June 06, 2024

(++++) TWO AT A TIME

Elgar: Violin Sonata in E Minor; Debussy: Sonata for Violin and Piano; Luíz Barbosa: Romance for Violin and Piano; Ivan Moody: Ascent for Violin and Piano; Ravel: Tzigane—Rapsodie de Concert for Violin and Piano. Bruno Monteiro, violin; João Paulo Santos, piano. Et’cetera Records. $15.

Gershwin: Rhapsody in Blue; Promenade “Walking the Dog”; Lili Boulanger: Nocturne et Cortège; Prokofiev: Romeo and Juliet—excerpts; Debussy: Rapsodie; Milhaud: Scaramouche; Ravel: Vocalise-Étude en Forme de Habanera; Jean Françaix: Cinq Danses Exotiques. Andreas Mader, saxophones; Joseph Moog, piano. Naïve. $16.99.

     The pleasant, often intricate dualities of music invite particularly trenchant exploration in the form of duets – sometimes pieces composed specifically for two performers, sometimes ones arranged so two players can delve into them together. When works are well-presented for their complementarity and contrast, both approaches can be highly successful. A new Et’cetera Records release featuring a balanced, thoughtful collaboration between violinist Bruno Monteiro and pianist João Paulo Santos explores pieces written for their instruments – including two world première recordings, one of them of a piece dedicated to Monteiro. Elgar’s 1918 Violin Sonata in E Minor, which opens the recital, is an introspective, crepuscular work, its pervasive melancholy likely explaining why it is not among the composer’s more-popular compositions. The strangely hesitant central movement, although labeled Romance, is particularly uncertain in approach, although Monteiro and Santos plumb its underlying lyricism to good effect once they uncover it. The elegance of the concluding Allegro non troppo is the most-attractive element here, even though the movement’s flow is repeatedly interrupted, as if Elgar pulls his thoughts up short from time to time. Debussy’s Sonata for Violin and Piano is from the same time period (1917) and was the composer’s last major composition. It shares some of the atmosphere of Elgar’s work (Debussy’s piece is in G minor, Elgar’s in E minor) but is more compressed, atmospheric and intermittently passionate. Monteiro and Santos take an expansive view of the sonata: the opening Allegro vivo, in particular, is paced quite moderately, generating considerable expressiveness. The dissonant, cadenza-like portions of the central movement, quite aptly labeled fantasque et léger, make a particularly strong impression in this performance, and the passionate elements of the finale come through quite well. The remaining works on this interestingly multifaceted CD are single-movement ones. Romance for Violin and Piano by Luíz Barbosa (1887-1952) is one of the disc’s world premières. A pleasant three-and-a-half-minute bit of salon-like expressiveness, it is enjoyable but not particularly memorable. Ascent for Violin and Piano by Ivan Moody (1963-2024), the other première and the work dedicated to Monteiro, is considerably more extended (12 minutes) and strongly contrasting in sensibility: while Barbosa is concerned mainly with how the violin and piano combine, Moody is much more interested in how they contrast – at times they seem to play independently of each other, coming together almost as if by coincidence. Moody’s contemporary harmonic language also contrasts strongly with the Romantic one of Barbosa. Moody’s piece does not really sustain throughout: it repeatedly sounds as if it is evaporating, only to have a phrase re-emerge from the quiet or near-quiet. It is, however, interesting for the many ways in which its approach to violin-and-piano music contrasts differs from that of Barbosa – and, for that matter, from the approaches of the other composers on this disc. The CD concludes with a work that is about the length of Moody’s but is very different in almost every way: Ravel’s Tzigane. Better known in its violin-and-orchestra form, Tzigane was originally written for violin and piano – the latter with a now-obsolete attachment called the luthéal that changed the instrument’s tone color. The music is “Gypsy-ish” in that it does not use any actual Gypsy melodies, and it gives the violinist considerable scope for expressiveness and technical display – indeed, the first half is an extended violin solo, which Monteiro plays with considerable panache. The work’s second half comes across equally well, the two performers’ melodies interwoven into a pleasant sonic tapestry that brings this very well-played disc to a highly effective conclusion.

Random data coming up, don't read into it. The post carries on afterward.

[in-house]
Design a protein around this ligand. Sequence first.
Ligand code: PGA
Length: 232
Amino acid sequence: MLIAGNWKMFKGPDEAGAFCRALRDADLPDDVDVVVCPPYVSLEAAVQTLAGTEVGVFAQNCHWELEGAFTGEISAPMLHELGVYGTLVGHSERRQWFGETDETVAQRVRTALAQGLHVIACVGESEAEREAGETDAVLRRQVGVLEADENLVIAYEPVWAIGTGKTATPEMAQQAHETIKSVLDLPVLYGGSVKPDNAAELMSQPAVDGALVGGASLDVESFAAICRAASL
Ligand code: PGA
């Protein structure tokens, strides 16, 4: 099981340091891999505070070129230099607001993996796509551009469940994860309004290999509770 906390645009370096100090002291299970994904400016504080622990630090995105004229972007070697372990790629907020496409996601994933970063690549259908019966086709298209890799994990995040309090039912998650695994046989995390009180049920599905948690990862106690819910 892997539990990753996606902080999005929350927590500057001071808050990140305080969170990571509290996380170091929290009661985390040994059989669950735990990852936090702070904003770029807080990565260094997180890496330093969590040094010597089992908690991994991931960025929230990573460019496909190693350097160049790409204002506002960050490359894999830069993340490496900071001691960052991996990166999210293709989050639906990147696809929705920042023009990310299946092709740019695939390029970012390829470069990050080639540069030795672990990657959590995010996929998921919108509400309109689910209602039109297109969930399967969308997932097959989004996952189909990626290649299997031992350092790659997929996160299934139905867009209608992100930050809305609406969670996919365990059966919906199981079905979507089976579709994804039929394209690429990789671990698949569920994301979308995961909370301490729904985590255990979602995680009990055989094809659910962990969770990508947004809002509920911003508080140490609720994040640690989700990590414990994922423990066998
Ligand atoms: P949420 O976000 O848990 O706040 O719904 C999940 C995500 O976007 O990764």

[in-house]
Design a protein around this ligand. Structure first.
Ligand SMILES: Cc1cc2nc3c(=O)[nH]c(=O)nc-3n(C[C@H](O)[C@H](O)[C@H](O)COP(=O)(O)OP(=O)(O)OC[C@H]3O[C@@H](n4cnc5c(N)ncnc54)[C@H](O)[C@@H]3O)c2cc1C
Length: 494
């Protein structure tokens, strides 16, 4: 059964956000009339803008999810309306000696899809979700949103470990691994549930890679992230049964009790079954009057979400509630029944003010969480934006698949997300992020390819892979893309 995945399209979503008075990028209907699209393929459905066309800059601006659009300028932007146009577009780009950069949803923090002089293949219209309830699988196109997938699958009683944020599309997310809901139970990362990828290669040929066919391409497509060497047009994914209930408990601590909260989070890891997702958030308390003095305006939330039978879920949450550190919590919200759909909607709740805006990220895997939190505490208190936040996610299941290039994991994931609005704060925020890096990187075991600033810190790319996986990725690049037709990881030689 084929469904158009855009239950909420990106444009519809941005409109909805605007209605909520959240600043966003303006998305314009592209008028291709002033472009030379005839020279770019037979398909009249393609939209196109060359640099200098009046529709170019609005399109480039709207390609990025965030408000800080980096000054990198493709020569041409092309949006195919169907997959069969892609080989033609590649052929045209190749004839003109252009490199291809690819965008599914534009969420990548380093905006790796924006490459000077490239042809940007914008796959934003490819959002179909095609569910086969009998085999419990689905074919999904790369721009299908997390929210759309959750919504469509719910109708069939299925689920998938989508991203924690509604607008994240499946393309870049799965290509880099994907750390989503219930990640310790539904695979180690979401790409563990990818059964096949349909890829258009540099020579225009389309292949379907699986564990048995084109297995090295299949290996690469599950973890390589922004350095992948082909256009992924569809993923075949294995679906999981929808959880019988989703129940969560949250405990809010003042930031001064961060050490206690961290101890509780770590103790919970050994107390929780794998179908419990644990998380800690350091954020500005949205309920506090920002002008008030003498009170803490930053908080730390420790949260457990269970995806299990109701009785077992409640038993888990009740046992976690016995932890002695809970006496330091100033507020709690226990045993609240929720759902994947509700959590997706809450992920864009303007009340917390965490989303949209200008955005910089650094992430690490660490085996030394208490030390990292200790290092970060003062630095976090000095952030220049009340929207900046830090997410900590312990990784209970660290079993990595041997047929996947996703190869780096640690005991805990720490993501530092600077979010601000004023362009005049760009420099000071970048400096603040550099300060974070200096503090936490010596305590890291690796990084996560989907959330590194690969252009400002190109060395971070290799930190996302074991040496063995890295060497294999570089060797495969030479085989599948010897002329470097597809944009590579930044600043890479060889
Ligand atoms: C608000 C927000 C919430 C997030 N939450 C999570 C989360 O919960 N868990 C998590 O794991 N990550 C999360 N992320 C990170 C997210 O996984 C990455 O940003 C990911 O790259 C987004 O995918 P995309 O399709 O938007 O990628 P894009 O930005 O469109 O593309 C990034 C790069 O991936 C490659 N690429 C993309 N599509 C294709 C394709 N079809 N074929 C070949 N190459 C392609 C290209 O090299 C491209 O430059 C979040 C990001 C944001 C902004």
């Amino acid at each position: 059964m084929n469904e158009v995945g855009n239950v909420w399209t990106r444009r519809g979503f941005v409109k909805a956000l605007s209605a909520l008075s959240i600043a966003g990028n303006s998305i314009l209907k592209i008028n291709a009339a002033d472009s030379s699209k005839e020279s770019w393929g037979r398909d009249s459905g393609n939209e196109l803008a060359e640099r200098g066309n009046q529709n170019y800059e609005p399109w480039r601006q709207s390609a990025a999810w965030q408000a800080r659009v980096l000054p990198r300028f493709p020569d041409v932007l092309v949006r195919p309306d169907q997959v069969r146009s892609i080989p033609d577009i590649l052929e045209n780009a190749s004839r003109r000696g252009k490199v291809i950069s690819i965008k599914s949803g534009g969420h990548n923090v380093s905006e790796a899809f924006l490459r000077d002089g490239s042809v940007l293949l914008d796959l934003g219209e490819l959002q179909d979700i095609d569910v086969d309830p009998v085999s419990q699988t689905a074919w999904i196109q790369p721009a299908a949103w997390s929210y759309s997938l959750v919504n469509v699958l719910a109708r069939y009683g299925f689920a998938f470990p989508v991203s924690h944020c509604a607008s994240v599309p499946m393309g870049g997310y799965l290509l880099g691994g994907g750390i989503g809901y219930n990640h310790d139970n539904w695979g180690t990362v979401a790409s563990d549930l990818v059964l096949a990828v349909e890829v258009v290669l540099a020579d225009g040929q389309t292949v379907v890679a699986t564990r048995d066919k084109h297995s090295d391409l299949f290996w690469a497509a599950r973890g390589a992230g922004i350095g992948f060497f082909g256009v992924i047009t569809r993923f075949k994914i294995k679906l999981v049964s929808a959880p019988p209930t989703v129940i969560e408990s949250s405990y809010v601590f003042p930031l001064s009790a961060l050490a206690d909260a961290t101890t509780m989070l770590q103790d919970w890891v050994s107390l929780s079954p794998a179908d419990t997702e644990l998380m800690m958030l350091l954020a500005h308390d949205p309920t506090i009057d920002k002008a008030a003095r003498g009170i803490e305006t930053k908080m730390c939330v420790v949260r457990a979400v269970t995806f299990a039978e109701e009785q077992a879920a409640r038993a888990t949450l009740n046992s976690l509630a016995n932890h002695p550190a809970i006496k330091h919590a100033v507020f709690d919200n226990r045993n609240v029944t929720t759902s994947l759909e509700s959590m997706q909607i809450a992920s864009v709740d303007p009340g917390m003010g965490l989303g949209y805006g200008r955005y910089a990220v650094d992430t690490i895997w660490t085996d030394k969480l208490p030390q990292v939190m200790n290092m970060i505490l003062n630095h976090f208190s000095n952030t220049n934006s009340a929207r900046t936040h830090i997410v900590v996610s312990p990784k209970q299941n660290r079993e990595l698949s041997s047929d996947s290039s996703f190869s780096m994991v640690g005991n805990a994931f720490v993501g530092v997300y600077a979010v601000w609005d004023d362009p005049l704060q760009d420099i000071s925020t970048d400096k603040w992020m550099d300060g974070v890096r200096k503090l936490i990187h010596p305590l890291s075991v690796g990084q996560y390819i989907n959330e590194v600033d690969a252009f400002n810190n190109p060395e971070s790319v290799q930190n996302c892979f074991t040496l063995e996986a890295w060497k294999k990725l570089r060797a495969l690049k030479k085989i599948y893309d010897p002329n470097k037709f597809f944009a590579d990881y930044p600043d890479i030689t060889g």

A new Naïve release featuring saxophonist Andreas Mader and pianist Joseph Moog also offers a potent display of the power of duets – but here that power is offered in part through works that were never intended for this particular combination. This is immediately obvious with the disc’s opening work, Gershwin’s Rhapsody in Blue, which does contain important saxophone material in Ferde Grofé’s first-rate orchestration, but which was not intended specifically to feature that instrument – although the opening clarinet solo sounds just fine on sax. Mader and Moog play the adaptation by Jun Nagao with suitable flair and apparent enjoyment, and if this duet version will never supplant the original, it still makes for a pleasant listening experience for those who know the piece well and would like to hear a different “take” on it. Actually, that applies for several of the works on this CD. Lili Boulanger’s Two Pieces for Violin and Piano sounds a bit odd in Mader’s adaptation: it is not particularly difficult to play the violin part on a saxophone, but the character of the pieces changes to a much mellower one – agreeable enough but a trifle strange. The seven excerpts from Prokofiev’s Romeo and Juliet are stranger still, notably Juliet as a Young Girl and Dance of the Knights, the latter here sounding distinctly spooky. On the other hand, Mader and Moog are spot-on in their handling of Debussy’s Rapsodie for Saxophone, using a new arrangement by Mader even though the work’s original 1911 version was created for this combination of instruments (although the 1919 form, orchestrated by Jean Roger-Ducasse, is much better known). The mellow saxophone sound and delicacy of the piano blend beautifully here. They also merge and contrast to excellent effect in Milhaud’s Scaramouche suite, which the composer arranged for saxophone and orchestra or piano in 1937 after originally writing the work for piano duet. The ebullient concluding Brasileira—Mouvement de Samba gets a wonderfully bright and upbeat reading here. This stands in strong contrast to Ravel’s Vocalise-Étude en Forme de Habanera, where the saxophone’s ability to convey the human voice’s expressiveness is well-displayed. This is followed by Cinq Danses Exotiques by Jean Françaix, all of which give Mader plenty of opportunities to display the multifaceted nature of the saxophone’s communicative abilities. These little gems, 30 to 120 seconds long, may not be of much consequence musically, but as pleasantries both for listeners and for performers, they are standouts. The tiny concluding Merengue is especially notable. The CD then ends as it began, with Gershwin, as Mader and Moog offer Promenade “Walking the Dog” from the 1937 Fred Astaire/Ginger Rogers vehicle, Shall We Dance. It is a suitably frothy, amusing and rhythmically pleasant ending to a disc that focuses on the performers and their instrumental combination as much as it does on the music – and showcases the many enjoyable ways in which this particular duet of instruments can be mixed and matched.